Columns / Discourse / September 28, 2016

One Mind: Finding confidence through performance

For my second column, I was stumped on what to focus on. I was originally going to write a piece on addressing stereotypes, but that seemed like an issue a lot of people address, and it didn’t really speak to me personally. I didn’t feel a drive to write it. If you’re a writer, you probably know what I’m talking about. However, all that changed very recently.

I decided to talk about coping, though not in a necessarily traditional sense. I’m going to talk about a way that I, and apparently a lot of other people, cope Ð at least in my experience. I will not name names. The biggest fear in America is public speaking, which can be classified as an anxiety disorder in its own right. However, I have the opposite issue. I have difficulty in most non-public social situations. This changes with public situations. If I’m giving a speech, or acting, or role-playing, I perform much better. Honestly, I’m not exactly sure why, though my theory is that giving a speech or playing a character is a way for me to participate in social situations, but as someone else. I get to have fun in a social setting without dragging all of my hang-ups with me, or at least not to the same degree. I don’t know if this is a common thing, or if roleplaying and performance are just my personal escape, but it wouldn’t surprise me if a lot of people could relate to this.

To be clear, I am not advocating substituting performance for social interaction in daily life. However, it has definitely helped me deal with those issues somewhat while trying to be more social in general. Plus, performance has helped me to connect to people, because a lot of them understand mental illness due to knowing somebody with it.

I think I once read somewhere that roleplaying can be used to help treat mental illness. It was on a website called, though the article may be a bit difficult to find now. I can’t remember how it was believed, though I imagine it has to do with the more social aspects. I encourage you to check the article out.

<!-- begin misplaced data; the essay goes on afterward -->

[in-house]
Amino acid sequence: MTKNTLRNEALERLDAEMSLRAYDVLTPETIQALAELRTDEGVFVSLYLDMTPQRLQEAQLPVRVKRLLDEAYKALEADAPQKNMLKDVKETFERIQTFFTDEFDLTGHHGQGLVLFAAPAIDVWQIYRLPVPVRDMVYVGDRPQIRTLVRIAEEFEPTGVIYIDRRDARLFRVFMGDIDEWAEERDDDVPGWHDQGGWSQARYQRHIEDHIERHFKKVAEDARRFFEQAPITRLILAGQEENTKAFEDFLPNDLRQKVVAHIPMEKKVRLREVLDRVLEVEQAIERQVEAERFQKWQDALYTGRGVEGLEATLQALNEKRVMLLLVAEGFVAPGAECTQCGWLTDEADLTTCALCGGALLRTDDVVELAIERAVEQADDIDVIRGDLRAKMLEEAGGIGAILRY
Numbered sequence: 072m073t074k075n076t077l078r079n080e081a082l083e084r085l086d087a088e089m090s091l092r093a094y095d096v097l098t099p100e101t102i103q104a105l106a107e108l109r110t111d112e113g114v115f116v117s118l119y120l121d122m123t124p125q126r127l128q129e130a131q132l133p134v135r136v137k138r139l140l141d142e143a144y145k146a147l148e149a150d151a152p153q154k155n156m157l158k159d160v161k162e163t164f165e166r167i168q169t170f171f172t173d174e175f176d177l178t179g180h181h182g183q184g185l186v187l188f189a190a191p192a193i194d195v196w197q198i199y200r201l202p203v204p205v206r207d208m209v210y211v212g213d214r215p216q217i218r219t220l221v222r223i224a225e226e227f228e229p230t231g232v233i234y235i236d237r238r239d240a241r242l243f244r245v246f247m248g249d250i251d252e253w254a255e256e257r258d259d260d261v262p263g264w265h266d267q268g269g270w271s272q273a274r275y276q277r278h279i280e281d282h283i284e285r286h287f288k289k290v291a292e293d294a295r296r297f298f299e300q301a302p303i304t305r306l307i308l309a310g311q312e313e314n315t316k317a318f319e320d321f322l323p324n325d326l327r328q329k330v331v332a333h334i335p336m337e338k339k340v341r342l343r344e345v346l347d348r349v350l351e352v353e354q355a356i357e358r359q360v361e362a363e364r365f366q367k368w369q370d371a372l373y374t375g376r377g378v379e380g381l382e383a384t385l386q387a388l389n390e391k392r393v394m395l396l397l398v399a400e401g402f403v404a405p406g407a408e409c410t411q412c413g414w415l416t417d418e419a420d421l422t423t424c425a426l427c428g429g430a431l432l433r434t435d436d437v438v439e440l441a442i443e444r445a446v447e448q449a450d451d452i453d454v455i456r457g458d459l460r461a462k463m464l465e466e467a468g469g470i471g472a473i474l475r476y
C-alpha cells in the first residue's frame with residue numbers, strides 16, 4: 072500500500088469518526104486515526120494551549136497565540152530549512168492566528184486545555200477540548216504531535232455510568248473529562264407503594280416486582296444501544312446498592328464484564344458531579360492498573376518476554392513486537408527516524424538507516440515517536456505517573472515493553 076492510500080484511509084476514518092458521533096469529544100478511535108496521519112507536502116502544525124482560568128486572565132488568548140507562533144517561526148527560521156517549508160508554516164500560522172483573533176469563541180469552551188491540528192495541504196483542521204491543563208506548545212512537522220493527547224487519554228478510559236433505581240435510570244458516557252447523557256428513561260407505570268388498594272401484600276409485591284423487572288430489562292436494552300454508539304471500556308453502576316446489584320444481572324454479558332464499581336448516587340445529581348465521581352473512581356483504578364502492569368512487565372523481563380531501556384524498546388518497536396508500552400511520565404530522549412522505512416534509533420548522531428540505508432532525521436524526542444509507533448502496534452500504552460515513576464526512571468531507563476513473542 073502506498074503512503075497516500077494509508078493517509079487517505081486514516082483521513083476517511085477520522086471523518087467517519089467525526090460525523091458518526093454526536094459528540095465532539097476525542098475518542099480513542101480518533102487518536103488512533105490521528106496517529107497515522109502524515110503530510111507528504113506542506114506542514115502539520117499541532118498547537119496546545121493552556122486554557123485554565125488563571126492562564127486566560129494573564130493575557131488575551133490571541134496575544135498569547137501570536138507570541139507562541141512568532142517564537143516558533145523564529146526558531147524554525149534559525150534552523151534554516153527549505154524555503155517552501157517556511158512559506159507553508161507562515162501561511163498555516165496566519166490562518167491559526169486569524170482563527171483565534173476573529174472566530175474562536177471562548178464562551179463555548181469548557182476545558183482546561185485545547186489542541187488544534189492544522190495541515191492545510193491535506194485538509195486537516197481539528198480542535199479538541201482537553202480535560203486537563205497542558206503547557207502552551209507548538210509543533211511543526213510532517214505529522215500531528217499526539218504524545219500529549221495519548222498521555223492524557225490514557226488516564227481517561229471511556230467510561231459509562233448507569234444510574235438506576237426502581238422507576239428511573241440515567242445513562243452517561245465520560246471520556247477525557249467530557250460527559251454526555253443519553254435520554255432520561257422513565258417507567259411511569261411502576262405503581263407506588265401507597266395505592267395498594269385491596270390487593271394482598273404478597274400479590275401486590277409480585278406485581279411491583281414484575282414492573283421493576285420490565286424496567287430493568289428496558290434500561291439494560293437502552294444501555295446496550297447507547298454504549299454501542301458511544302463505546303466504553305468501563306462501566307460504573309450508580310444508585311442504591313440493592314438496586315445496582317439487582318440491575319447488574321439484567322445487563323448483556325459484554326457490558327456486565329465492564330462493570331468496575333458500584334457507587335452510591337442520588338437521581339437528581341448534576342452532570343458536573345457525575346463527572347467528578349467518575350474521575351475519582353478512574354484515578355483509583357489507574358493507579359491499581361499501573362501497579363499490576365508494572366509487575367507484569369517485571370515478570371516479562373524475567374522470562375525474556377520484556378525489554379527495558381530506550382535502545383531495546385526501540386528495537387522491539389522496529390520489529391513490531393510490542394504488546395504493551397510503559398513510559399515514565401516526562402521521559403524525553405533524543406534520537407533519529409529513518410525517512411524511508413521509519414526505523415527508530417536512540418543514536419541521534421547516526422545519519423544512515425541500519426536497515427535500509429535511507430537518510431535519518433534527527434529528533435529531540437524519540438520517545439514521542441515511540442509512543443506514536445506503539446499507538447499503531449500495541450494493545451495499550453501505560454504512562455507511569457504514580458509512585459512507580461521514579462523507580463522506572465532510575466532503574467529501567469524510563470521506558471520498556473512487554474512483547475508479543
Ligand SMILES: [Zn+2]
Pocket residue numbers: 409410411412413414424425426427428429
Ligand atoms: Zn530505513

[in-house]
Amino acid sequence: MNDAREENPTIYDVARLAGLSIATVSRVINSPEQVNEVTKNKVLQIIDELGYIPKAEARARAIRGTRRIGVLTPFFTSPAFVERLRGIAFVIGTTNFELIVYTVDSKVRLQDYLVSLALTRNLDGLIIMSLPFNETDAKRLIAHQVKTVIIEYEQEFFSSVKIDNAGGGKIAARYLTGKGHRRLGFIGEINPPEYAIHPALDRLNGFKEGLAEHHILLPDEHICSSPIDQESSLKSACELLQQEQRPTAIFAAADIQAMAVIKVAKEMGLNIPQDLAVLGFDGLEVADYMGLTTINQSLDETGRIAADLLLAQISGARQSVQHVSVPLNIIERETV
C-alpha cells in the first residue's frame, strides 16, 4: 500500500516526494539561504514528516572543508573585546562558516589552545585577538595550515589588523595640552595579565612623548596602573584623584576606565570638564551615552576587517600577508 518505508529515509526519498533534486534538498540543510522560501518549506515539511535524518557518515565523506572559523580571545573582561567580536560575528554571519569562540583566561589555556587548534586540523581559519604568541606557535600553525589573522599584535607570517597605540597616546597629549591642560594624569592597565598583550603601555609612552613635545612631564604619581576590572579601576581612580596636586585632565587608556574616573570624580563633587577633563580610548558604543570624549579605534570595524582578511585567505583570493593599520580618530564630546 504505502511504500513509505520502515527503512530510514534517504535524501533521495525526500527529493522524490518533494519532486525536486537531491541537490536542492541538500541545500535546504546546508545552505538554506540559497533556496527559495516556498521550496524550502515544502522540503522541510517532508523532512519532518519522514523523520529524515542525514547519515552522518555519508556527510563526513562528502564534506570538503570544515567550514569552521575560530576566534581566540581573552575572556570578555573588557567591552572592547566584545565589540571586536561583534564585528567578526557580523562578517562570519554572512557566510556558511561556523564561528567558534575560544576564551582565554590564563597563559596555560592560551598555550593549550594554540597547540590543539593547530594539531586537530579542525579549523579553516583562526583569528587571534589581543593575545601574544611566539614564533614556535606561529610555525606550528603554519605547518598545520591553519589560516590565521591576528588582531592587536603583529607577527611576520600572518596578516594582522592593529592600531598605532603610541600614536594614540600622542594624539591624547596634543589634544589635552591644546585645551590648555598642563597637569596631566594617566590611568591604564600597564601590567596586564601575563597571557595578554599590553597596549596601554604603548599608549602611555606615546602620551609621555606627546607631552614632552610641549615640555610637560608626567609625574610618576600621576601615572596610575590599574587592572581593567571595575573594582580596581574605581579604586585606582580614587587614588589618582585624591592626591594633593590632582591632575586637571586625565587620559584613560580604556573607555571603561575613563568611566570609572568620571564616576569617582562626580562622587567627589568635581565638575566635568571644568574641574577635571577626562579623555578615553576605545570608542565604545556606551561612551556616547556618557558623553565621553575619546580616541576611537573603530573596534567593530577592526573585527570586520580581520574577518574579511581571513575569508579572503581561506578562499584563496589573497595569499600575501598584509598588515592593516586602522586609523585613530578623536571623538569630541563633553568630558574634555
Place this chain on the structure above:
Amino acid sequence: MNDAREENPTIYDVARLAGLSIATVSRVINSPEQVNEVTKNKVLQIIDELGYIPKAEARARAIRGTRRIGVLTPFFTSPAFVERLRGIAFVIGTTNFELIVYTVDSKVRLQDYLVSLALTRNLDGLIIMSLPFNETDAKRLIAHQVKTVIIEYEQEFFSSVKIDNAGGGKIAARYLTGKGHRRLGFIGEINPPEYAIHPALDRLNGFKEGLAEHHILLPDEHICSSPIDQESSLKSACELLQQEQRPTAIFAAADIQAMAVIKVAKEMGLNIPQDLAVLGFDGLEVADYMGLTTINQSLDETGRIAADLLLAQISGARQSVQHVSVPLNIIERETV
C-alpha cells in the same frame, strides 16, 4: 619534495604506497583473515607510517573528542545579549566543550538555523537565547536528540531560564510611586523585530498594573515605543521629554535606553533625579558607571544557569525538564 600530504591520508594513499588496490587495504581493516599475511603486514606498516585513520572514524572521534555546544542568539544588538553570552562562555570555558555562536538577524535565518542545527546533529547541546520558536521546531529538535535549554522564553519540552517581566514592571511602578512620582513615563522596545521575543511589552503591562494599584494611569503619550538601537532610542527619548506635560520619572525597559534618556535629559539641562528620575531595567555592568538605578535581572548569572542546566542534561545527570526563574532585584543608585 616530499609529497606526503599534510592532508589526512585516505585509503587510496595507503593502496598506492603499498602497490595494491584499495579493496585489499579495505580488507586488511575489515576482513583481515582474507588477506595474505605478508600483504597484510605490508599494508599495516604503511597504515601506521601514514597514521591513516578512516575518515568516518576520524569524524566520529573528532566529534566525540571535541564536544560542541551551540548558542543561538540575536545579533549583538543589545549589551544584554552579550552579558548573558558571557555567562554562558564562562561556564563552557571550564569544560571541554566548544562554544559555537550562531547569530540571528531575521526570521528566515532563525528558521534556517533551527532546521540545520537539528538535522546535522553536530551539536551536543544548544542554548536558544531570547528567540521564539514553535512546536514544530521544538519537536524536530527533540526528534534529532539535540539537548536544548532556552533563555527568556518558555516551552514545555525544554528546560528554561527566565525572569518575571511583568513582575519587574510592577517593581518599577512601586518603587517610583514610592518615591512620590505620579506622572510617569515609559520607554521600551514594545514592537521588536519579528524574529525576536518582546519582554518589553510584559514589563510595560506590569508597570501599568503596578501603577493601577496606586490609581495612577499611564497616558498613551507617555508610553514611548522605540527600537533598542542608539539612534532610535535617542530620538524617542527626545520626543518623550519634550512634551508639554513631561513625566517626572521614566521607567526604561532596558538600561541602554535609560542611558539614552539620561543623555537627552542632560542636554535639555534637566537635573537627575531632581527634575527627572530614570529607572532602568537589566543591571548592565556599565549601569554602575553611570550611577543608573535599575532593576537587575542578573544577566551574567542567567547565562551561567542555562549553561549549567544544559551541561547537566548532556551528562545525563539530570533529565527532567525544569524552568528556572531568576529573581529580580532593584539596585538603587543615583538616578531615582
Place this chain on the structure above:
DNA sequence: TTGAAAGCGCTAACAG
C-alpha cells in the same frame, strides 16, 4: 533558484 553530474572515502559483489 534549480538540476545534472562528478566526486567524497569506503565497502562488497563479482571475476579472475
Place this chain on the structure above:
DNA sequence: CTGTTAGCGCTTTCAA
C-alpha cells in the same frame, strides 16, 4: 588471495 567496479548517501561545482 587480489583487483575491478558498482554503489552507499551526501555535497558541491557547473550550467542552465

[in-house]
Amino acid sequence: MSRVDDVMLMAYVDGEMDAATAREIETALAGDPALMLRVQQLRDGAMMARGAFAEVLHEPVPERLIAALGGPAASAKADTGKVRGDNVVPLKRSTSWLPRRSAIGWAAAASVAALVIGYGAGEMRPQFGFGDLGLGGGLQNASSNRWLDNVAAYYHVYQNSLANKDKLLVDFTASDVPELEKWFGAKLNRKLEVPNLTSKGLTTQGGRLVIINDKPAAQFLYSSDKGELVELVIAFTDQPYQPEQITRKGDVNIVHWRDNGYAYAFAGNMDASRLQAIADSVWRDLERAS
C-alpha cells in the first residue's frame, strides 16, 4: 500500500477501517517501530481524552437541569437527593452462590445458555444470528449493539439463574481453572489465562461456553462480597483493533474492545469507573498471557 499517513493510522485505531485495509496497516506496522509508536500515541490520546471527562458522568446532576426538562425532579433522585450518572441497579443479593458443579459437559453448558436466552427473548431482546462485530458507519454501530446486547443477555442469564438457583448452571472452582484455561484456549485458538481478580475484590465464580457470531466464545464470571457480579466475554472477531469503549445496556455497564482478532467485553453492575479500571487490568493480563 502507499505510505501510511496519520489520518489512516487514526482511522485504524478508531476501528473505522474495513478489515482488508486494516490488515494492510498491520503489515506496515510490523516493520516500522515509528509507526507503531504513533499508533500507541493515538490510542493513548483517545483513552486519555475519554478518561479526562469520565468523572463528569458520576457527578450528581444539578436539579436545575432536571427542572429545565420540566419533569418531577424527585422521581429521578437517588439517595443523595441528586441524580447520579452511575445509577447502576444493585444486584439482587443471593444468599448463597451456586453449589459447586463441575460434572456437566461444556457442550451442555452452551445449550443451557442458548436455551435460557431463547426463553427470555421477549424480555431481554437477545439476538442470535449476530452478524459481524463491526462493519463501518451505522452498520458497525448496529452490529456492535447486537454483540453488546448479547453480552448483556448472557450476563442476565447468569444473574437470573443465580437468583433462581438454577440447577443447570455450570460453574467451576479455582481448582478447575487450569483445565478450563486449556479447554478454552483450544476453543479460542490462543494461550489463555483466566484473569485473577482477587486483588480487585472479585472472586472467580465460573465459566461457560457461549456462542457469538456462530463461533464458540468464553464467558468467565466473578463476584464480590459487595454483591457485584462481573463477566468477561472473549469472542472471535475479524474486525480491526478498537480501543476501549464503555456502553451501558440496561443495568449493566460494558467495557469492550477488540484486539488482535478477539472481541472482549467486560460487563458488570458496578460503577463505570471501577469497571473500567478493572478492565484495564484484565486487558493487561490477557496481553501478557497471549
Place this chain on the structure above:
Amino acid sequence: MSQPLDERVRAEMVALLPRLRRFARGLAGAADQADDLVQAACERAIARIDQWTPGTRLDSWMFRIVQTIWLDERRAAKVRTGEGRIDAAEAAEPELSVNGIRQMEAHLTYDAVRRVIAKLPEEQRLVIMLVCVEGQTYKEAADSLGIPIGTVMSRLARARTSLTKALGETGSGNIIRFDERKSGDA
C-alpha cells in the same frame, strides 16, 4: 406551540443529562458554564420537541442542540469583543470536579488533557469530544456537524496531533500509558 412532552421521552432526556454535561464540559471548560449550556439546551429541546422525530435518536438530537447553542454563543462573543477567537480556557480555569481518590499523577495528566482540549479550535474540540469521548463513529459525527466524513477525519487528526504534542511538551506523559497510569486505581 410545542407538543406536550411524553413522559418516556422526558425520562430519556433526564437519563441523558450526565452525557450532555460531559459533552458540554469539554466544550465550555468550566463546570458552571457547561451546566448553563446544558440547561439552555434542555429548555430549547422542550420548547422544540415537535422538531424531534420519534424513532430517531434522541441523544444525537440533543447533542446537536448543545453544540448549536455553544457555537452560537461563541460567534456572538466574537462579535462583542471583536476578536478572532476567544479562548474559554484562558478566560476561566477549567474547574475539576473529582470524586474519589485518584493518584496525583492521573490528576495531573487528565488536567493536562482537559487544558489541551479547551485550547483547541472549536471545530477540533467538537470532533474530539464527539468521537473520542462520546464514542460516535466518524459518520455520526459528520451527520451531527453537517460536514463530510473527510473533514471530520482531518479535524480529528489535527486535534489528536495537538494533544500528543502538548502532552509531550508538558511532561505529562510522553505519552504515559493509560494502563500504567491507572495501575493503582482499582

Regardless of what the case is, I’ve always loved role-playing and acting and giving speeches, and I think it has helped me a lot over the years. Anybody who suffers from any condition that makes socializing difficult, I encourage you to try role-playing or performing in some way. There are some great clubs on campus that offer an opportunity for this. Some of these include Catch, Quiver, Cellar Door and TKS, for those who find writing most helpful, Improv Club or Theater, or possibly Model UN, for those who prefer acting or public speaking, and finally LARC for those who just want to play and imagine along with friends. There are also some non-official groups on campus that play similar games. Did I cover all the opportunities? Does anybody else find performing or roleplaying helpful? Anybody who wishes to is more than welcome to share their stories. I would be glad to print your letter. If you wish to remain anonymous, you are more than welcome to do so.

Tags:  column discourse improv LARC Model UN performance theater tks

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